Jul 25, 2022
I stumbled across a fascinating paper looking into how children conceptualise the world around them. Mental Models of the Earth: A Study of Conceptual Change in Childhood shares an experiment where children were asked questions about the shape of the Earth, and the authors found six (!) different mental models that the children had: rectangular, disc-shaped, spherical, flattened sphere, hollow sphere, and the bizarre "dual Earth" model.
There are important theoretical and pedagogical implications of an enquiry like this. Cognitive scientists argue about the right way to think about novices' preconceptions - do they have small, fragmented pieces of knowledge with no consistency on further probing; or self-consistent "alternative theories" that can generate answers to novel questions, albeit wrong answers? The answer to that theoretical question leads to different implications about teaching - are we aiming to provide knowledge where there is very little, and consolidate the little bits of correct thinking into a larger whole; or are we looking to change children's theories of how the world works, which would generate some resistance from the children, and would require careful targeting of the weak points of their existing models?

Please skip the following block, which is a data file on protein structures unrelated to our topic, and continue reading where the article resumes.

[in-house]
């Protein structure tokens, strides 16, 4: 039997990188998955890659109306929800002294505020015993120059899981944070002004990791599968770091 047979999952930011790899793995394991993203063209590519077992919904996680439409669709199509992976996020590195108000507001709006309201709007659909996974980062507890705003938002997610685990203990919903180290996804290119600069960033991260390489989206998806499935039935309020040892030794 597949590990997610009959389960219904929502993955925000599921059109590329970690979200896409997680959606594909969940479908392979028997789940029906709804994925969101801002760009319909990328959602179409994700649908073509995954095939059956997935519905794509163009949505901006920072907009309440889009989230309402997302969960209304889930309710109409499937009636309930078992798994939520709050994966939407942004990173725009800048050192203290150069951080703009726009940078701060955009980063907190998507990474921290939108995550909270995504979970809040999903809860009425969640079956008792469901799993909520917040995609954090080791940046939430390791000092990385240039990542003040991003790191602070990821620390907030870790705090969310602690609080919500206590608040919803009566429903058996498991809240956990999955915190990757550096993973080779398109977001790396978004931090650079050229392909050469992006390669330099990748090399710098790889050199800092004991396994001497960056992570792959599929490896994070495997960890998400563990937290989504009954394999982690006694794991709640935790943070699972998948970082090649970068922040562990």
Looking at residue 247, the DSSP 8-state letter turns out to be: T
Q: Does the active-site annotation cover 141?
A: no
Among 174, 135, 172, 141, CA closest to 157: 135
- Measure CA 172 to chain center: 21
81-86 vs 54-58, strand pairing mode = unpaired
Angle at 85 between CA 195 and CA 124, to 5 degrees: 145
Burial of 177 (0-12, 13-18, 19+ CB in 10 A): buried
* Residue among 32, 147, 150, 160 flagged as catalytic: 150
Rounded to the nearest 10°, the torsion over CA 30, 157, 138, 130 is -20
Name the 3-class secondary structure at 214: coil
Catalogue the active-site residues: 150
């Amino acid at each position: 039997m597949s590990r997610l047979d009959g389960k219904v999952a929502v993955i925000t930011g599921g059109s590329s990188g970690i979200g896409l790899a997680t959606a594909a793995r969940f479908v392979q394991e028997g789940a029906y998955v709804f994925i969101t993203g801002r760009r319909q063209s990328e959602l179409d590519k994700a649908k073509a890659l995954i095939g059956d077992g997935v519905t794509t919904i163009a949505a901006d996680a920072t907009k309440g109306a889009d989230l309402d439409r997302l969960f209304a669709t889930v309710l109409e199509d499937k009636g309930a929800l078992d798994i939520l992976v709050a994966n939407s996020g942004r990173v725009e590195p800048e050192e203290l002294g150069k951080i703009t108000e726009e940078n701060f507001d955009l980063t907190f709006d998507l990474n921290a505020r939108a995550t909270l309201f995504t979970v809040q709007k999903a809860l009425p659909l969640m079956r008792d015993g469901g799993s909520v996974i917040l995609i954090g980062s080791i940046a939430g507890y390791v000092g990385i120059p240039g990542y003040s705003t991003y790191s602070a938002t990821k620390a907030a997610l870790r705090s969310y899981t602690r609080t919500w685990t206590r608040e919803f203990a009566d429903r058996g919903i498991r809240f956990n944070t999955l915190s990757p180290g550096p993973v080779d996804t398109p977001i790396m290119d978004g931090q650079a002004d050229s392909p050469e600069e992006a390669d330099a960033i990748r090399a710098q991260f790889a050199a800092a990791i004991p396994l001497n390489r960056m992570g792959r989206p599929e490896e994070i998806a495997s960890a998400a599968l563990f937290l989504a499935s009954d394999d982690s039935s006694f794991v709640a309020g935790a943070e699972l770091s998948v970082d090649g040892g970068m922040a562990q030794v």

In the case of basic astronomy, this paper supports the latter view, that children construct self-consistent "alternative theories" that make sense as a whole, given the constraints on their thinking based on their everyday experiences. There are some fascinating examples of children making up imaginative models to accord with what they've been told and what they have experienced, and overall it offers a window into the way that children think.
Enjoy the episode.
Mental Models of the Earth: a Study of Conceptual Change in Childhood by Vosniadou & Brewer (1992)
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